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Monday, May 5, 2014

How to Make Pulled BBQ Pork

Sweet, tangy barbecue pork roast is a crowd pleaser and cooking for a crowd doesn't have to be a hassle. Cook the roasts the day before the event since they take some time to finish. Reheat in a slow oven with the shredded meat covered with foil. Serve with your favorite barbecue sauce, coleslaw, baked beans and of course soft rolls.
Pick Your Piggy Part
The best pork roasts for barbecue pork are from either end of the pig and the legs. These cuts benefit from long, slow, moist cooking. They are also well-marbled with fat which adds flavor and keeps the meat moist. Try pork butt, shoulder or fresh ham. Lean, tender cuts such as pork loin or pork tenderloin are more expensive and don't need, or benefit from, slow cooking. Pork tenderloin is very lean and doesn't work well for a barbecue pork roast.
Smaller is Better
In this case, several smaller roasts are better than one big roast, since the smaller roasts take less time to cook, are easier to maneuver and can be baked in a regular-size pan. Cut the roasts into 3 to 4 pound roasts or ask your butcher to do it for you. When these cuts are on sale, the meat department often cuts it to your request.
Time for a Bath
Give that roast a saltwater bath. Brine the roasts for 24 to 48 hours before cooking. A ratio of 1 part salt to 16 parts water is a good ratio. Add 1 part sugar if you like to impart a slightly sweet taste to the pork. Toss in seasonings such cinnamon, cloves, orange slices, thyme and sage. Keep the roasts in the brine in the refrigerator. If you don't have enough room in the refrigerator for three or four roasts you could use a high-quality cooler. Add a bag or two of ice on the bottom of the cooler. Put the roasts and the brine in a zipper-lock bags. You may have to use the extra-large size bags to hold the roast and the brine. Squeeze out the air in the bag so the roast is completely covered with brine. Lay the roasts on top of the ice. Add enough ice to fill the cooler. The inside of the cooler must be kept below 40 degrees Fahrenheit to keep the pork safely. Bacteria start to multiply above 40 F. Check with a thermometer and add ice or dry ice if necessary.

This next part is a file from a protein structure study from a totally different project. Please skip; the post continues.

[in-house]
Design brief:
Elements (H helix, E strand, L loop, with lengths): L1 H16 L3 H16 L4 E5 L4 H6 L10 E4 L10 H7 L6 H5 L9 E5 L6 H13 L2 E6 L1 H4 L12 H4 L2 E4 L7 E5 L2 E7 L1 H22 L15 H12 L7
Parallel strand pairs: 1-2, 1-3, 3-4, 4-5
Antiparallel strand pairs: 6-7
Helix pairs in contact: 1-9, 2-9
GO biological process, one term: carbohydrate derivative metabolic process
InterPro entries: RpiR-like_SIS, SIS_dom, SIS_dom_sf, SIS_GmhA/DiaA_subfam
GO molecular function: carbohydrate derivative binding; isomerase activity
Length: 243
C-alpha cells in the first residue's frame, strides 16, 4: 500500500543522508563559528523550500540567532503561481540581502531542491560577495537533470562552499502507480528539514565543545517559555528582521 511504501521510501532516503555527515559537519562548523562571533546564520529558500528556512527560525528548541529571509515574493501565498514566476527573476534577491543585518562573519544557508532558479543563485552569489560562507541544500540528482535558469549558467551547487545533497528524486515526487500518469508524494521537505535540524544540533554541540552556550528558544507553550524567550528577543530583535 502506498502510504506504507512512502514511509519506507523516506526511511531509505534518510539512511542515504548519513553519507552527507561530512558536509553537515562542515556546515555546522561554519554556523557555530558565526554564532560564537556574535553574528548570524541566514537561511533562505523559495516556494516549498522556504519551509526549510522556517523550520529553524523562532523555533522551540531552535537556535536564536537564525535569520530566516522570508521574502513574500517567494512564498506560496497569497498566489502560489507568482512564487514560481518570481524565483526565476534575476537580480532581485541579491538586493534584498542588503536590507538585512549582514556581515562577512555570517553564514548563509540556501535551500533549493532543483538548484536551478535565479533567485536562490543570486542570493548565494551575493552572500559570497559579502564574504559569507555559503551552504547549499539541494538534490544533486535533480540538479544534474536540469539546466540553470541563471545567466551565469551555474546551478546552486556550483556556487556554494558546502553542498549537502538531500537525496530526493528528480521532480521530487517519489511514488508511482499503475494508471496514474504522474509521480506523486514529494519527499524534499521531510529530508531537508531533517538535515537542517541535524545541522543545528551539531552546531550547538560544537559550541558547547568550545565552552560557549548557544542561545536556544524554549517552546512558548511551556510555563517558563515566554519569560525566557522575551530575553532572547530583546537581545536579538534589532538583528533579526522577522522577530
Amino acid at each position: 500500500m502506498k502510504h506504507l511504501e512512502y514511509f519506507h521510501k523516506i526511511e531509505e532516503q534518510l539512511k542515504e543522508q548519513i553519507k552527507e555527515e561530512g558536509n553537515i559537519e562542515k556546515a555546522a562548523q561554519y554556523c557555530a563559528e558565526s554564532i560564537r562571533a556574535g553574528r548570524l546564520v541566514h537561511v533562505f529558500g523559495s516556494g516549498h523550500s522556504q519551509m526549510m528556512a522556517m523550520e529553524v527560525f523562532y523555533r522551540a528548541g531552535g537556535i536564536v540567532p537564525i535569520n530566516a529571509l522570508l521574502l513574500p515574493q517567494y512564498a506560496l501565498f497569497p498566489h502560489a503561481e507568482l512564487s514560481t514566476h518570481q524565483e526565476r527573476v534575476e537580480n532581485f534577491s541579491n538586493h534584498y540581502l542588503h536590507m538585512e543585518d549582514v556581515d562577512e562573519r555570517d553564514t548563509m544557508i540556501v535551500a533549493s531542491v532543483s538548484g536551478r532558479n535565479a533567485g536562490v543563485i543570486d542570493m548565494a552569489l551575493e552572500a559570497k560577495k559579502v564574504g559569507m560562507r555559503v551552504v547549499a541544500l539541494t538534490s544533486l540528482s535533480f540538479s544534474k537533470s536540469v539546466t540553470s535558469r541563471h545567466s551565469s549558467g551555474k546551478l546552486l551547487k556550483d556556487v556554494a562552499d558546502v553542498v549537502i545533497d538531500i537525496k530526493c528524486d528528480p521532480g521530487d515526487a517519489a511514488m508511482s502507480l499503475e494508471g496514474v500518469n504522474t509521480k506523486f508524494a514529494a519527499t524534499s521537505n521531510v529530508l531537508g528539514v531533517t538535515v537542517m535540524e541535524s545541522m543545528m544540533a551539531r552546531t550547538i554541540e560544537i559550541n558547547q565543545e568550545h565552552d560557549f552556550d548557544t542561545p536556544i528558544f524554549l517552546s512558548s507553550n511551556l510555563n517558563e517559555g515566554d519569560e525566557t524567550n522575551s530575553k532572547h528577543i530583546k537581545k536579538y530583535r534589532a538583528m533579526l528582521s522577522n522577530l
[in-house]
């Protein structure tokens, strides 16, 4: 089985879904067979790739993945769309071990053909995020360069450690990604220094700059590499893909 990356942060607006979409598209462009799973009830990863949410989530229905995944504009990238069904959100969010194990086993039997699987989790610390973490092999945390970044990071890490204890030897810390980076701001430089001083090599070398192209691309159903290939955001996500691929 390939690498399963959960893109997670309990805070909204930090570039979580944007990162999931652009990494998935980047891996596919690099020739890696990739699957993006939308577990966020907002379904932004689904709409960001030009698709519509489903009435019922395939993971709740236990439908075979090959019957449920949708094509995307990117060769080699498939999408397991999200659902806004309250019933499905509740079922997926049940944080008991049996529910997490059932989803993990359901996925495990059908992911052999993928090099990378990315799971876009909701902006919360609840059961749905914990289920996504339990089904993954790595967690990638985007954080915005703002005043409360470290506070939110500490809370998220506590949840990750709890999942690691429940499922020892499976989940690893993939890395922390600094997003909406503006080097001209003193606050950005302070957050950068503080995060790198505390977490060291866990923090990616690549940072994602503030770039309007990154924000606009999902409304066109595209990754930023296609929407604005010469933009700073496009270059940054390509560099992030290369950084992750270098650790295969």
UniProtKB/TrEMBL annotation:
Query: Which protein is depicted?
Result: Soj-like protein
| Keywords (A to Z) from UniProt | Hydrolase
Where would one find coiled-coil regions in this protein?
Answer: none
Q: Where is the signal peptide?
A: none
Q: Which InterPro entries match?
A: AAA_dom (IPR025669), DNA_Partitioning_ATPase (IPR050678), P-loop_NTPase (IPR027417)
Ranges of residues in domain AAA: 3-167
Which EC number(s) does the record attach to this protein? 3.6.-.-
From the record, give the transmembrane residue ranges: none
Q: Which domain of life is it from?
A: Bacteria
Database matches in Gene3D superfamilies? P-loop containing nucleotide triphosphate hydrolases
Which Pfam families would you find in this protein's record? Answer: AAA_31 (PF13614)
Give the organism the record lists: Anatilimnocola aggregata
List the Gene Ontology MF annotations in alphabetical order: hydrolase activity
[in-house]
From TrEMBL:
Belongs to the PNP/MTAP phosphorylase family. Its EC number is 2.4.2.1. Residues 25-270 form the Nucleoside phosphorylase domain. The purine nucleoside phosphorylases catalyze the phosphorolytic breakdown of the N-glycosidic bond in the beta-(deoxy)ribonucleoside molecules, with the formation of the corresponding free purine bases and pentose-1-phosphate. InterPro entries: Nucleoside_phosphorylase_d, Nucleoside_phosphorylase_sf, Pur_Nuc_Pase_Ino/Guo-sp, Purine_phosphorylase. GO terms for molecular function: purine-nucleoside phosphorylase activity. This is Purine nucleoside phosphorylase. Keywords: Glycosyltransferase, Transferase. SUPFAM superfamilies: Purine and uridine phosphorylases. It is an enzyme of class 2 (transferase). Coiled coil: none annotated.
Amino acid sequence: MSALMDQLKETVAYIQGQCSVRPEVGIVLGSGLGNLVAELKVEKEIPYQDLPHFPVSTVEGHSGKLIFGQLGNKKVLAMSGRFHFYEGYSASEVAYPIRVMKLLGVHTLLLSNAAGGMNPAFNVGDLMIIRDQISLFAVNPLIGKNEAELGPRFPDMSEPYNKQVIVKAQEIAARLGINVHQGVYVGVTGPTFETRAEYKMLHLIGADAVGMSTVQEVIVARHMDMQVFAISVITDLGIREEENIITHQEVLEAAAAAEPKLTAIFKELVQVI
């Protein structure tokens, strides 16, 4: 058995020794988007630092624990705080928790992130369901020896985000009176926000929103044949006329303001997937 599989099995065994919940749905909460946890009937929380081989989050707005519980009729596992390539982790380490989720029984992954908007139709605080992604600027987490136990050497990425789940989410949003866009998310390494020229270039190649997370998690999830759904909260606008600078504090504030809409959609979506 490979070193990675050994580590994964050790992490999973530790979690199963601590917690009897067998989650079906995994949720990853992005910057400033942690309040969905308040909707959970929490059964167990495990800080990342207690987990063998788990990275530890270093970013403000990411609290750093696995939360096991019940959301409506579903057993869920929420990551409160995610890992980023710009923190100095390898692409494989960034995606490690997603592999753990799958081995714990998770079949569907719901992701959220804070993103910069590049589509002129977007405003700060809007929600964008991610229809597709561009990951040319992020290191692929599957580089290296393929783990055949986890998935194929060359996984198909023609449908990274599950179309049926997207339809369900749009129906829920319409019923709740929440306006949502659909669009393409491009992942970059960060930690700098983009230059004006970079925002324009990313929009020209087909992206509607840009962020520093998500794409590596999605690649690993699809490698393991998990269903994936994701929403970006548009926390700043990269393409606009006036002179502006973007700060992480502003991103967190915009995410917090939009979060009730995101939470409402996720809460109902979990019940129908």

Slow and Low
Remove the pork roasts from the brine and rinse. Pat on a dry rub of your choice. Using the same seasonings you used for the brine amps up the flavor. Put the roasts in roasting pans in a preheated 300 F oven. The pans should be spaced so that there is plenty of room around each roast for the hot air to circulate. You may have to change the positions of the pans midway through the roasting time. Add a cup of water, juice or wine to the bottom of the pan. Baste the roast with the liquid in the pan every 30 minutes. Bake for 4 to 6 hours until the meat can be easily shredded with a fork. You could also you a slow cooker. You'll need one for each roast. Brown the roast in hot oil. Place in the cooker and add seasonings and liquid. Turn on low and cook for 8 hours.
Dee Power is the author of several business books. While she may be an expert in business her passion is food. Find more cooking tips and tricks at her blog Salmon It's What's for Dinner More food Adventures of Brian and Dee

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